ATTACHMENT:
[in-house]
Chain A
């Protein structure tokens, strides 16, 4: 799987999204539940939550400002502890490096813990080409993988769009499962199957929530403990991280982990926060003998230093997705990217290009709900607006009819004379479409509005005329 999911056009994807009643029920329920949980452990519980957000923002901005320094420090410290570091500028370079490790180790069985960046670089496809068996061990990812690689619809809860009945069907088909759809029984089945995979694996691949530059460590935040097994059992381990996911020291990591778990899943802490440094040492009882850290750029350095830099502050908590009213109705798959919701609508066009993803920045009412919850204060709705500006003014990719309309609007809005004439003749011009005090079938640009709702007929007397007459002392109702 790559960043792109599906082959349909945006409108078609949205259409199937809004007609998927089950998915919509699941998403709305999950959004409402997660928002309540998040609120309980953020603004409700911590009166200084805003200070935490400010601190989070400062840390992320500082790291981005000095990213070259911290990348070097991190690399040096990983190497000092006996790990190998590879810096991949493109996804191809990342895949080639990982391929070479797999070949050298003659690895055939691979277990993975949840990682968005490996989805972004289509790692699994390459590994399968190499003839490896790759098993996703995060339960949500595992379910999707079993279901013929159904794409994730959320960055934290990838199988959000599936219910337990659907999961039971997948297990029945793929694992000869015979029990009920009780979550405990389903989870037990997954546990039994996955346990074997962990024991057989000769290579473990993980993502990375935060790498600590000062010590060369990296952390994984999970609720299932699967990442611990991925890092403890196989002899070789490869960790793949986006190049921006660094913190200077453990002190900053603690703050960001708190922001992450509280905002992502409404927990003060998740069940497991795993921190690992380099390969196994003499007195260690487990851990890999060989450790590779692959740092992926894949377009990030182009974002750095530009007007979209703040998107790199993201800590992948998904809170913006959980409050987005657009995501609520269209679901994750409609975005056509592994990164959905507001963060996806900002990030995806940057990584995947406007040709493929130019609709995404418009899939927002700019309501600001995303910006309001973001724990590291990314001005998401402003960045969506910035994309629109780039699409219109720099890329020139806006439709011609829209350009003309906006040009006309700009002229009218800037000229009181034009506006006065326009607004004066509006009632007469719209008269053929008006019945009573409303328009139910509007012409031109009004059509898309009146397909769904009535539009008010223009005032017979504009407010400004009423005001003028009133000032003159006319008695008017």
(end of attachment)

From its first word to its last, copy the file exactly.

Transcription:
[in-house]
Chain A
């Protein structure tokens, strides 16, 4: 799987999204539940939550400002502890490096813990080409993988769009499962199957929530403990991280982990926060003998230093997705990217290009709900607006009819004379479409509005005329 999911056009994807009643029920329920949980452990519980957000923002901005320094420090410290570091500028370079490790180790069985960046670089496809068996061990990812690689619809809860009945069907088909759809029984089945995979694996691949530059460590935040097994059992381990996911020291990591778990899943802490440094040492009882850290750029350095830099502050908590009213109705798959919701609508066009993803920045009412919850204060709705500006003014990719309309609007809005004439003749011009005090079938640009709702007929007397007459002392109702 790559960043792109599906082959349909945006409108078609949205259409199937809004007609998927089950998915919509699941998403709305999950959004409402997660928002309540998040609120309980953020603004409700911590009166200084805003200070935490400010601190989070400062840390992320500082790291981005000095990213070259911290990348070097991190690399040096990983190497000092006996790990190998590879810096991949493109996804191809990342895949080639990982391929070479797999070949050298003659690895055939691979277990993975949840990682968005490996989805972004289509790692699994390459590994399968190499003839490896790759098993996703995060339960949500595992379910999707079993279901013929159904794409994730959320960055934290990838199988959000599936219910337990659907999961039971997948297990029945793929694992000869015979029990009920009780979550405990389903989870037990997954546990039994996955346990074997962990024991057989000769290579473990993980993502990375935060790498600590000062010590060369990296952390994984999970609720299932699967990442611990991925890092403890196989002899070789490869960790793949986006190049921006660094913190200077453990002190900053603690703050960001708190922001992450509280905002992502409404927990003060998740069940497991795993921190690992380099390969196994003499007195260690487990851990890999060989450790590779692959740092992926894949377009990030182009974002750095530009007007979209703040998107790199993201800590992948998904809170913006959980409050987005657009995501609520269209679901994750409609975005056509592994990164959905507001963060996806900002990030995806940057990584995947406007040709493929130019609709995404418009899939927002700019309501600001995303910006309001973001724990590291990314001005998401402003960045969506910035994309629109780039699409219109720099890329020139806006439709011609829209350009003309906006040009006309700009002229009218800037000229009181034009506006006065326009607004004066509006009632007469719209008269053929008006019945009573409303328009139910509007012409031109009004059509898309009146397909769904009535539009008010223009005032017979504009407010400004009423005001003028009133000032003159006319008695008017």